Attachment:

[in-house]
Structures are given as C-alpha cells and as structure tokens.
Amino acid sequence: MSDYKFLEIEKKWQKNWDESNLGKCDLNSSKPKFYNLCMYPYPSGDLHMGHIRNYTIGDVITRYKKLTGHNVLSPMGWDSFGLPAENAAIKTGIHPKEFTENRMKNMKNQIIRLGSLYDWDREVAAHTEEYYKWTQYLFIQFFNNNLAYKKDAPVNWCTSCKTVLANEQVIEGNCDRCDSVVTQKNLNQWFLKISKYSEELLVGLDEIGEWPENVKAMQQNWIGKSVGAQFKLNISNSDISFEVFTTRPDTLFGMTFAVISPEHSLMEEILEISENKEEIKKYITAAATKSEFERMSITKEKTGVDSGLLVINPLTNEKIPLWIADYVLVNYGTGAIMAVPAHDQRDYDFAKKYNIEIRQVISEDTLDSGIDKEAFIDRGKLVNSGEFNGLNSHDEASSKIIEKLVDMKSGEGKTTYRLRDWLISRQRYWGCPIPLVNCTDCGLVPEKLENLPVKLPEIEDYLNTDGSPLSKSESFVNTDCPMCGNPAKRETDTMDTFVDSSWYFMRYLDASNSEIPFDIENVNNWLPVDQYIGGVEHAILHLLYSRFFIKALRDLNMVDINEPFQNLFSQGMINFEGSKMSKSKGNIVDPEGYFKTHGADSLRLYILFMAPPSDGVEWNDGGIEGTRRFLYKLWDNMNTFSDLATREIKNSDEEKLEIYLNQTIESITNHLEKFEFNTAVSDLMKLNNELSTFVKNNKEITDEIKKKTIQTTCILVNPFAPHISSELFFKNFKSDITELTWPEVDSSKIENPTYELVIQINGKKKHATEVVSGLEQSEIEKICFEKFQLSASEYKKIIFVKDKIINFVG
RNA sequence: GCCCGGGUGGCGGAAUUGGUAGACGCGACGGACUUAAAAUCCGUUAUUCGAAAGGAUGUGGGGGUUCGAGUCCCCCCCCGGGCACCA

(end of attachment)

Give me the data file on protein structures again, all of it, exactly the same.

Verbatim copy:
[in-house]
Structures are given as C-alpha cells and as structure tokens.
Amino acid sequence: MSDYKFLEIEKKWQKNWDESNLGKCDLNSSKPKFYNLCMYPYPSGDLHMGHIRNYTIGDVITRYKKLTGHNVLSPMGWDSFGLPAENAAIKTGIHPKEFTENRMKNMKNQIIRLGSLYDWDREVAAHTEEYYKWTQYLFIQFFNNNLAYKKDAPVNWCTSCKTVLANEQVIEGNCDRCDSVVTQKNLNQWFLKISKYSEELLVGLDEIGEWPENVKAMQQNWIGKSVGAQFKLNISNSDISFEVFTTRPDTLFGMTFAVISPEHSLMEEILEISENKEEIKKYITAAATKSEFERMSITKEKTGVDSGLLVINPLTNEKIPLWIADYVLVNYGTGAIMAVPAHDQRDYDFAKKYNIEIRQVISEDTLDSGIDKEAFIDRGKLVNSGEFNGLNSHDEASSKIIEKLVDMKSGEGKTTYRLRDWLISRQRYWGCPIPLVNCTDCGLVPEKLENLPVKLPEIEDYLNTDGSPLSKSESFVNTDCPMCGNPAKRETDTMDTFVDSSWYFMRYLDASNSEIPFDIENVNNWLPVDQYIGGVEHAILHLLYSRFFIKALRDLNMVDINEPFQNLFSQGMINFEGSKMSKSKGNIVDPEGYFKTHGADSLRLYILFMAPPSDGVEWNDGGIEGTRRFLYKLWDNMNTFSDLATREIKNSDEEKLEIYLNQTIESITNHLEKFEFNTAVSDLMKLNNELSTFVKNNKEITDEIKKKTIQTTCILVNPFAPHISSELFFKNFKSDITELTWPEVDSSKIENPTYELVIQINGKKKHATEVVSGLEQSEIEKICFEKFQLSASEYKKIIFVKDKIINFVG
RNA sequence: GCCCGGGUGGCGGAAUUGGUAGACGCGACGGACUUAAAAUCCGUUAUUCGAAAGGAUGUGGGGGUUCGAGUCCCCCCCCGGGCACCA